As a Ukrainian, I have a tremendous respect, reverence for heroes like that burned UPA fighter, but I am not campaigning about their canonization...
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« Reply #29 on: March 16, 2009, 07:41:11 PM »

Although miracles and incorrupt relics are nice, they are not required.  Baptism however is, and I don't see any evidence of it here being offered.
Technically, not even baptism is required for glorification as a saint.  For instance, the pagan soldier Aglaius who swam out into the frigid water to die as one of the 40 Holy Martyrs of Sebaste after one of the Christians suffering execution apostatized by swimming to shore.

http://ocafs.oca.org/FeastSaintsViewer.asp?SID=4&ID=1&FSID=100706

That said, I see no evidence yet that Kosmodemyanskaya died for faith in Jesus Christ, so I see no reason to glorify her as a martyr of the Orthodox Church.
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« Reply #30 on: March 16, 2009, 09:33:34 PM »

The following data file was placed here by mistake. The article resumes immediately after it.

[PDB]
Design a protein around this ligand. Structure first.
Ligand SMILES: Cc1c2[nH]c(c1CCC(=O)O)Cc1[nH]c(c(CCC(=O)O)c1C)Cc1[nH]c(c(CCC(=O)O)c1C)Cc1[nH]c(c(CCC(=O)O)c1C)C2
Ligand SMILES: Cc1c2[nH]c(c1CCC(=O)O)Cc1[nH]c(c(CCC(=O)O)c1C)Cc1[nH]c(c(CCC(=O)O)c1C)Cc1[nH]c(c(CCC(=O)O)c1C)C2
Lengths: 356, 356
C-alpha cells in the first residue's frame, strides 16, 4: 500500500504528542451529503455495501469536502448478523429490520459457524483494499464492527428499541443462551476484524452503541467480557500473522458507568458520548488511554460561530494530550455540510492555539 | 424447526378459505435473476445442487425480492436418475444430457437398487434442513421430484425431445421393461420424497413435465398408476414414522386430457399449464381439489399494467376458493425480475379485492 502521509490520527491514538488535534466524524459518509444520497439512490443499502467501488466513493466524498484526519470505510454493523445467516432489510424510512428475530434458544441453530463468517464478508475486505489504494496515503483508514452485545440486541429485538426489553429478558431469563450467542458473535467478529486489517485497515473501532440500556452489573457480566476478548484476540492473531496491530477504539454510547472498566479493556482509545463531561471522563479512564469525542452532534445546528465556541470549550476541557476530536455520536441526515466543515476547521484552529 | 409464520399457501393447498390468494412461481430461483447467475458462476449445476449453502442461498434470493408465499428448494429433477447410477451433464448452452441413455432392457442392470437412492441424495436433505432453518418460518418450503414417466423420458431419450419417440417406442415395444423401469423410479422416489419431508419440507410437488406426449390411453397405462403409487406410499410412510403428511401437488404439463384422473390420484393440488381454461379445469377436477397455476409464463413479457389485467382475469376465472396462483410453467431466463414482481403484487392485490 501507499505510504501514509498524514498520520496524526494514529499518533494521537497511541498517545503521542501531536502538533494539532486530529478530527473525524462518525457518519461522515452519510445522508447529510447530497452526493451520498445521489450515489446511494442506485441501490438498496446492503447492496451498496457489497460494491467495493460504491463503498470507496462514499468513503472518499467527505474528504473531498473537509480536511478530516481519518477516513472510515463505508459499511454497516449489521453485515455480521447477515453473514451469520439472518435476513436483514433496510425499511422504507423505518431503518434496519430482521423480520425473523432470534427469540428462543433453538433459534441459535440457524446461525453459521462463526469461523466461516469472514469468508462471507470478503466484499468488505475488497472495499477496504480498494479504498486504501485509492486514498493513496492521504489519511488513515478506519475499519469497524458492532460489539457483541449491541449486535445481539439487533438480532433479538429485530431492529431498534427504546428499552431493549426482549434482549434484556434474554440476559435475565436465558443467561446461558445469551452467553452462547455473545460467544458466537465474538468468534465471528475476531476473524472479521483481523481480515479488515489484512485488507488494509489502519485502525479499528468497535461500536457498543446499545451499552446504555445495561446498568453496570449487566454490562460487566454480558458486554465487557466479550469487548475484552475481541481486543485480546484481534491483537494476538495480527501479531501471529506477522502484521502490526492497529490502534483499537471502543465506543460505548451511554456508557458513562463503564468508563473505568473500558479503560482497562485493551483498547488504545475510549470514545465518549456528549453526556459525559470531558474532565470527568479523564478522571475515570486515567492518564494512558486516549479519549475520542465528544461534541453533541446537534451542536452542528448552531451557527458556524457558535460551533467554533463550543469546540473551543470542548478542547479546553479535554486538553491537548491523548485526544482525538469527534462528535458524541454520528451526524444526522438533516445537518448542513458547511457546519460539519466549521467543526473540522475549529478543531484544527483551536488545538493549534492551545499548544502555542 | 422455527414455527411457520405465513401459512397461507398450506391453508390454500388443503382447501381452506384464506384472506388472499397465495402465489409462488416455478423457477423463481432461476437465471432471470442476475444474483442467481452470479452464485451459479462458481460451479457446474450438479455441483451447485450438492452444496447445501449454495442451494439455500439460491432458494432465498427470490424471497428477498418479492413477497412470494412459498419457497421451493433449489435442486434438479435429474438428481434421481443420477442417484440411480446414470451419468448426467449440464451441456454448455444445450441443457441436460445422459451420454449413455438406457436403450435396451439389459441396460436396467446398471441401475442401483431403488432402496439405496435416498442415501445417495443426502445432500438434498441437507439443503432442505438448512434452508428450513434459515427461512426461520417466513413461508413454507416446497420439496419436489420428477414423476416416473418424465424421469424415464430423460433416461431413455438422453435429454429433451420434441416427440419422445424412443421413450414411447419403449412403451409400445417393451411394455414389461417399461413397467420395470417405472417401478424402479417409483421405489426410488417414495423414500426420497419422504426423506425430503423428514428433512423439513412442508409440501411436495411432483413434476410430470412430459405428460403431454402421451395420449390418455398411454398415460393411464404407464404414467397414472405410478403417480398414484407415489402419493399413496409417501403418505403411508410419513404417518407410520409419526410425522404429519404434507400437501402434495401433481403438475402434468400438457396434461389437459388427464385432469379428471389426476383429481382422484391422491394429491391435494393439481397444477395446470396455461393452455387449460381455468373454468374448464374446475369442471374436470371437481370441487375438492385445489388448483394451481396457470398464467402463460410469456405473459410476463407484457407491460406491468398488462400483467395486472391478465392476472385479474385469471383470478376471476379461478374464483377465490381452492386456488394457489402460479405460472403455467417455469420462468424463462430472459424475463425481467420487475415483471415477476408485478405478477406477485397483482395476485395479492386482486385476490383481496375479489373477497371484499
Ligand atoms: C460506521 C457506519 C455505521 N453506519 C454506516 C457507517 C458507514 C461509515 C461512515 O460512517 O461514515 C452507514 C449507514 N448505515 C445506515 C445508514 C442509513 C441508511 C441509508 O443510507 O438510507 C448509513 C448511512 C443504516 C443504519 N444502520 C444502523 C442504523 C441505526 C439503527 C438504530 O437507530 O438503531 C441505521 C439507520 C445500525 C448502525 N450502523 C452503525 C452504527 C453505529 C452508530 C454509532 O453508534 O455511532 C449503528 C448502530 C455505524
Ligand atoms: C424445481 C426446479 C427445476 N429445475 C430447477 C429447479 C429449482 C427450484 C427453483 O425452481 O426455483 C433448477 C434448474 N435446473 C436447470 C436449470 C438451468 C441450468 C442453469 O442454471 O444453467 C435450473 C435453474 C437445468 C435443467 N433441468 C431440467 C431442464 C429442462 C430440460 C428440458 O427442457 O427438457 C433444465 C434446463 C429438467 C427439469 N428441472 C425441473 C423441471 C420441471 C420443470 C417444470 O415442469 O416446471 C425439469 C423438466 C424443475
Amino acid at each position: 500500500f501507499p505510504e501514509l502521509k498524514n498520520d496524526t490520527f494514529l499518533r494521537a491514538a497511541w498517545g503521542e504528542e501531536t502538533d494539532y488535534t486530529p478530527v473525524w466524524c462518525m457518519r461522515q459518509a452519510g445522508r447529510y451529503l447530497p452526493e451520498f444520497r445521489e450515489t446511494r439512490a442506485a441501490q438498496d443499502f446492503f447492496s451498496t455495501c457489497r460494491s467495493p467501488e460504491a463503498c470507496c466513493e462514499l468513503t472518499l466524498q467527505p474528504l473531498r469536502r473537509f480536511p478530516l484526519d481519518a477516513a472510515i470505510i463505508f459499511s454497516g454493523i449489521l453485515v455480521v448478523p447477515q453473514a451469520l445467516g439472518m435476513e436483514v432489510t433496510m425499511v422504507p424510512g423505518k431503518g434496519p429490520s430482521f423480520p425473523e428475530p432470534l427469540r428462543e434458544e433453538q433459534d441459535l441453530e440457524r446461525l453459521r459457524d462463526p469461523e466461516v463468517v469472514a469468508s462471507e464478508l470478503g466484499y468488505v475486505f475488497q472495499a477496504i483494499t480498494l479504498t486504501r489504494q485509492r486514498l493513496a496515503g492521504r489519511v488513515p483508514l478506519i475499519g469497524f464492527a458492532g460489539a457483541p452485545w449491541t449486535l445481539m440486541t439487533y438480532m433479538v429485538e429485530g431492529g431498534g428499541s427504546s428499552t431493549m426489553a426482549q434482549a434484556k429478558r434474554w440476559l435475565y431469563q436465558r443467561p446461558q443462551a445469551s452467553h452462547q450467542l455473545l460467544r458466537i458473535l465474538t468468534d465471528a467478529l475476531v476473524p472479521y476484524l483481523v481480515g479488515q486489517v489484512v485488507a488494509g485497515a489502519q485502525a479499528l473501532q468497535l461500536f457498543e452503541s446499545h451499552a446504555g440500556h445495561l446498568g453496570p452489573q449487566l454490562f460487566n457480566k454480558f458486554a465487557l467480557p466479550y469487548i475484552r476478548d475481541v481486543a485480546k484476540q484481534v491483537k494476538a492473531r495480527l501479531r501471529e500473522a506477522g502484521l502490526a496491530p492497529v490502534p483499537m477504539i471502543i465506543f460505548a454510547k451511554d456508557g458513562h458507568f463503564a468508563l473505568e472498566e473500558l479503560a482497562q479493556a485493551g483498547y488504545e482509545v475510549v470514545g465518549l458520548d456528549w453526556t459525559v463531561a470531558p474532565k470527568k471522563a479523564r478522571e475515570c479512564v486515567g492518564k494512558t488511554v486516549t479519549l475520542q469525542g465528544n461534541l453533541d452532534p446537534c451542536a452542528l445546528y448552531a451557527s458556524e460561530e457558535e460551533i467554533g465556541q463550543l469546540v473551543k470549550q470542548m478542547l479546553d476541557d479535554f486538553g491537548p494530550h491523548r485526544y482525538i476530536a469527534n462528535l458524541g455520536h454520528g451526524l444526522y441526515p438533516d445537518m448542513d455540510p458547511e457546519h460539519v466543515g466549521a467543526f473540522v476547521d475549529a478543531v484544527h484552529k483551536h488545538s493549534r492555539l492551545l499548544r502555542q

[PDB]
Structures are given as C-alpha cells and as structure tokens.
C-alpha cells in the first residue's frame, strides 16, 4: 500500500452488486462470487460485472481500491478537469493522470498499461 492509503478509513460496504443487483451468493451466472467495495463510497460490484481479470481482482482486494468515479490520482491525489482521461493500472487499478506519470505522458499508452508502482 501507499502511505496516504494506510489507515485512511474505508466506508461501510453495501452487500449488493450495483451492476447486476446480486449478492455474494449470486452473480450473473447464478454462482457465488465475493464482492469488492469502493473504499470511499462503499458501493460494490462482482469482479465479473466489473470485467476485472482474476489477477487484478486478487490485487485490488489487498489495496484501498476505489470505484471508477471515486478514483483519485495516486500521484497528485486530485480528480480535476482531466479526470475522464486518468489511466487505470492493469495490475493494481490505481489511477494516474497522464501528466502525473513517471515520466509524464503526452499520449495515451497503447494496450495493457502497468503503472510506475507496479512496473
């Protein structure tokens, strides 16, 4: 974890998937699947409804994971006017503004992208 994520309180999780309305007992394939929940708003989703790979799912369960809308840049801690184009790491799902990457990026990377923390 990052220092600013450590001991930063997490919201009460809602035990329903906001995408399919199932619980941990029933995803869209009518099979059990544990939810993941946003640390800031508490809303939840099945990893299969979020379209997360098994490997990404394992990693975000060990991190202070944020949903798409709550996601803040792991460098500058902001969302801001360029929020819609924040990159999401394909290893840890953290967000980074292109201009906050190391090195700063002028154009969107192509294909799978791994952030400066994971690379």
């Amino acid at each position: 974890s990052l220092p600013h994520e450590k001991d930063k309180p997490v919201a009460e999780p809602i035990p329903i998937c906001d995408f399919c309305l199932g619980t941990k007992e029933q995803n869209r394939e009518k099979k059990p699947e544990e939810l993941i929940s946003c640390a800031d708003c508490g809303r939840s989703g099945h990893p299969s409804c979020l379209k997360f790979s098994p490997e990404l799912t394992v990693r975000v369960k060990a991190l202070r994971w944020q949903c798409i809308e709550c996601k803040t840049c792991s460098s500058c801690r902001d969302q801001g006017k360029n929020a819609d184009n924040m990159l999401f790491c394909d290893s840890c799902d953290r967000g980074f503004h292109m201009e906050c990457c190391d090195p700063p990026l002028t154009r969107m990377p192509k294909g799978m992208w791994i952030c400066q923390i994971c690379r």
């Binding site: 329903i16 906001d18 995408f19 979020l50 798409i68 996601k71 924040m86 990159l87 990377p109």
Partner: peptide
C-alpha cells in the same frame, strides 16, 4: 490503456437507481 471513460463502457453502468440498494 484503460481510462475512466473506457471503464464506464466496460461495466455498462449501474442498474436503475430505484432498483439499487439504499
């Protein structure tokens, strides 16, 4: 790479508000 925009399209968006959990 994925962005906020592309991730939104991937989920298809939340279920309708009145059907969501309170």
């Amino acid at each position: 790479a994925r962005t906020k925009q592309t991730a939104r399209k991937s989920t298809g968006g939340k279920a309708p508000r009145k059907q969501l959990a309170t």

Quote
Alexy made it his personal mission to identify the "new martyrs and confessors"—the victims of communist persecution who, in the eyes of the church, died for their Christian faith. He set aside the fourth Saturday after Easter for a special service to commemorate at least 20,000 "enemies of the Soviet state" who, at the height of the Great Purge of 1937-38, were shot and buried in mass graves just south of Moscow.
http://ngm.nationalgeographic.com/2009/04/orthodox/schmemann-text/6
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« Reply #31 on: March 17, 2009, 04:05:03 AM »

Yes, Snake Oil Salesmen have been around since the Serpent, in all forms and guises.  Like chavinism mistaken for patriotism.
Chauvin, for your information,  was Napoleon's soldier. So Napoleon with a gang of his chauvinists invaded Russia in 1812. But the chauvinists had to run all the way back to Paris.
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« Reply #32 on: March 17, 2009, 08:55:32 AM »

Yes, Snake Oil Salesmen have been around since the Serpent, in all forms and guises.  Like chavinism mistaken for patriotism.
Chauvin, for your information,  was Napoleon's soldier. So Napoleon with a gang of his chauvinists invaded Russia in 1812. But the chauvinists had to run all the way back to Paris.

The name became a label of the extreme, uncritical nationalism, however.
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« Reply #33 on: March 17, 2009, 11:31:02 AM »

Yes, Snake Oil Salesmen have been around since the Serpent, in all forms and guises.  Like chavinism mistaken for patriotism.
Chauvin, for your information,  was Napoleon's soldier. So Napoleon with a gang of his chauvinists invaded Russia in 1812. But the chauvinists had to run all the way back to Paris.